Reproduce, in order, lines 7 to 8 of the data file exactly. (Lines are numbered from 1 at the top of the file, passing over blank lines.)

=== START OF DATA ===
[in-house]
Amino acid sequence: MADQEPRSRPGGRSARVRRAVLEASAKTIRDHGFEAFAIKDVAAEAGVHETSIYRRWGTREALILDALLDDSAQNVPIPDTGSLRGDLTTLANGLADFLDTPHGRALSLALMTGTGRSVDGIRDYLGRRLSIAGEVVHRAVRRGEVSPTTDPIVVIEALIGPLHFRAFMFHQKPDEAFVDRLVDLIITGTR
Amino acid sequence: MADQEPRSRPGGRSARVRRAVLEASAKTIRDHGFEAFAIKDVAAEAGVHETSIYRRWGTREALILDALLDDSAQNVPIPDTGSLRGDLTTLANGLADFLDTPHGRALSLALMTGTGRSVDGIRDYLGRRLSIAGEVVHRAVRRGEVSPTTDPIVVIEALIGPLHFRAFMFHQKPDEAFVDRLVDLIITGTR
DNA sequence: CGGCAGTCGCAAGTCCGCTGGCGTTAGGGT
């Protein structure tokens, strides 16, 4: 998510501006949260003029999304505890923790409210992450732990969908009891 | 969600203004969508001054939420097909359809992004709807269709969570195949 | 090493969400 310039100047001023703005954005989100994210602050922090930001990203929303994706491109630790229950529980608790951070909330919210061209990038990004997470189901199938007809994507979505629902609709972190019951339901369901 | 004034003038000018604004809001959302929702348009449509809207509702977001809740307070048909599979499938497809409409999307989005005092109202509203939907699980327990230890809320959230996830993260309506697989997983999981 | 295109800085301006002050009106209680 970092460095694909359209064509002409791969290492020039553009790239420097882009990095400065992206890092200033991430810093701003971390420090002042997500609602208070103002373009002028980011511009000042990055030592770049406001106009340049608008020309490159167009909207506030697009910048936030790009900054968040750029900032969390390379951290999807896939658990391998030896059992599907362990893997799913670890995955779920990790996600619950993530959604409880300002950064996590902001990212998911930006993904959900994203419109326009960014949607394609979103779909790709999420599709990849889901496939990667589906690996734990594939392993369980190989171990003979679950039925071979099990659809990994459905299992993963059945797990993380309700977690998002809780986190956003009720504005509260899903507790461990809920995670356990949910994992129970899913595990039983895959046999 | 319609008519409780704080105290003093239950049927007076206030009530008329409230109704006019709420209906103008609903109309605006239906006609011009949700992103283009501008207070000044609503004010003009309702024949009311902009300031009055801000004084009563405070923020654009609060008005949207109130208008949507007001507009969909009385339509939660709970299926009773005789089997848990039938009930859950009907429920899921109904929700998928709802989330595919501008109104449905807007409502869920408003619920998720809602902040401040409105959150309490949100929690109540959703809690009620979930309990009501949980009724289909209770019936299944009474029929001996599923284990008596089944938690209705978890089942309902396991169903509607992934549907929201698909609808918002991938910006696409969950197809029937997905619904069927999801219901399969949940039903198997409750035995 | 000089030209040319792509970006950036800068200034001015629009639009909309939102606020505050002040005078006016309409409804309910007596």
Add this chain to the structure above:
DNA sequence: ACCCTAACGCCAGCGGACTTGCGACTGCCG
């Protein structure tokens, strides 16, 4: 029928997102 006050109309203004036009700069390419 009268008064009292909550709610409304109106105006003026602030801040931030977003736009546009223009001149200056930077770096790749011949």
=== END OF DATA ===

DNA sequence: ACCCTAACGCCAGCGGACTTGCGACTGCCG
């Protein structure tokens, strides 16, 4: 029928997102 006050109309203004036009700069390419 009268008064009292909550709610409304109106105006003026602030801040931030977003736009546009223009001149200056930077770096790749011949």